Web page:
Under Colorado’s new recreational-marijuana law, all retail pot products—from joints to laced brownies—will have to be labeled according to their potency starting next January.
But pot growers are running into a hurdle: There are no state or industry standards to test marijuana for tetrahydrocannabinol, or THC, the substance mainly responsible for its high-inducing properties.
The labels are intended to inform consumers on the nature of the product they are buying, not unlike alcohol-content labels on beer or wine. But current test results are haphazard, owners of medical-marijuana dispensaries complain, with the same marijuana receiving different marks depending on where it was analyzed.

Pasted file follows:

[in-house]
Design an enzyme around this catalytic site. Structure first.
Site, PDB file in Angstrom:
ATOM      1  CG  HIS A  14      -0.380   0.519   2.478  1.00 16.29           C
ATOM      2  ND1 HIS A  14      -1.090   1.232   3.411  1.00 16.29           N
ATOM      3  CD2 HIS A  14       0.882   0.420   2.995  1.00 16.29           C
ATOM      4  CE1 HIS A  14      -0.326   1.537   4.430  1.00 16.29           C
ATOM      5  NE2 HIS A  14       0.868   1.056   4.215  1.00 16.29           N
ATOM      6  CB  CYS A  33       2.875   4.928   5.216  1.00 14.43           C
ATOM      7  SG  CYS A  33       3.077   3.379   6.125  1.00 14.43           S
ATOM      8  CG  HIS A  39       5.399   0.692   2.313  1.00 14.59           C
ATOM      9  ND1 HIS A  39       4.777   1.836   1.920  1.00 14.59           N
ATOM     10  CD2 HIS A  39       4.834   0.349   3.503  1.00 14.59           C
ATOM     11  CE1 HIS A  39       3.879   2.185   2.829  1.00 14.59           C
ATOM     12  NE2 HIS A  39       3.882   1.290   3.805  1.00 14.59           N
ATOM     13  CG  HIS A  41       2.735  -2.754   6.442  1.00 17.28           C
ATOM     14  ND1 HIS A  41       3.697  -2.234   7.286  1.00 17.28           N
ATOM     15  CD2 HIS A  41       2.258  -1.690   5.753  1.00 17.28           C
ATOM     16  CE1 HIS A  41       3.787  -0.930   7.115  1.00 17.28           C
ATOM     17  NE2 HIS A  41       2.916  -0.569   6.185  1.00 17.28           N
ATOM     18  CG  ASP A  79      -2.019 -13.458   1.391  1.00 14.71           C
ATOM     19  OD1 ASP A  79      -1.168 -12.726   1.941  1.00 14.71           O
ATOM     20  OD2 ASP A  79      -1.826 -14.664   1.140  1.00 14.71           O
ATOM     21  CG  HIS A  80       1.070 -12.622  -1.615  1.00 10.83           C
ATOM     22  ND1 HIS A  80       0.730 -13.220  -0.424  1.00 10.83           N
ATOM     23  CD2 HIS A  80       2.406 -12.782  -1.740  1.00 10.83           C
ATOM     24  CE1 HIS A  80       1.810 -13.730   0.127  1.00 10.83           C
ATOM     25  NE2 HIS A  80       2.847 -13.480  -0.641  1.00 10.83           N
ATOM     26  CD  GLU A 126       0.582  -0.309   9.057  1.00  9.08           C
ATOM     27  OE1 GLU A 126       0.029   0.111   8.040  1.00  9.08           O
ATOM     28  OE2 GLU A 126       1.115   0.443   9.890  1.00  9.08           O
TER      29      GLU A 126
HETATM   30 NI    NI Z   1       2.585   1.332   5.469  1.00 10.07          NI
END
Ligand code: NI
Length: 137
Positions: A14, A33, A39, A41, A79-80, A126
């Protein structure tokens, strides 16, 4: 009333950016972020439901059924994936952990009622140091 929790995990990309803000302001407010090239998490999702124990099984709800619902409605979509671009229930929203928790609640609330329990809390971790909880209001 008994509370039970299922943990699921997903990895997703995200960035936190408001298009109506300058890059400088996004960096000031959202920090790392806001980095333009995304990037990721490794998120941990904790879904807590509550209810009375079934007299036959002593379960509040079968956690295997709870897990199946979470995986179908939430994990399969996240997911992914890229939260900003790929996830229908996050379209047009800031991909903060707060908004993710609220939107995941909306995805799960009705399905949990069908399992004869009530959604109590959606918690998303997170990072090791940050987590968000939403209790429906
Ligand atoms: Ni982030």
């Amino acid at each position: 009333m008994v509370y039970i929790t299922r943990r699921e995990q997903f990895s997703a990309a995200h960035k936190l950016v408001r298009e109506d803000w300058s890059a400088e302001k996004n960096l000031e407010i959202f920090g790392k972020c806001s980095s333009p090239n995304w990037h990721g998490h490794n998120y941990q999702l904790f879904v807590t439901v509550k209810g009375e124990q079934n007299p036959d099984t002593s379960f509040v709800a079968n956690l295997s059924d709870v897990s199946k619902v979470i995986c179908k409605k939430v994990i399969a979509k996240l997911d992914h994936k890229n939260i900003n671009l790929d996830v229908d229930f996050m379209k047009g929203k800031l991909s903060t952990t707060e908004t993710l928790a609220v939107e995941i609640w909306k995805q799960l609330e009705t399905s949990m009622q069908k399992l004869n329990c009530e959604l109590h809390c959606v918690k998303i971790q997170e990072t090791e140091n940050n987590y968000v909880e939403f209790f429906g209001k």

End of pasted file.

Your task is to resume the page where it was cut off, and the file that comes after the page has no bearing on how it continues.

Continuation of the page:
Laboratory owners acknowledge results vary due to differing methodologies and advise growers not to compare ratings from different labs.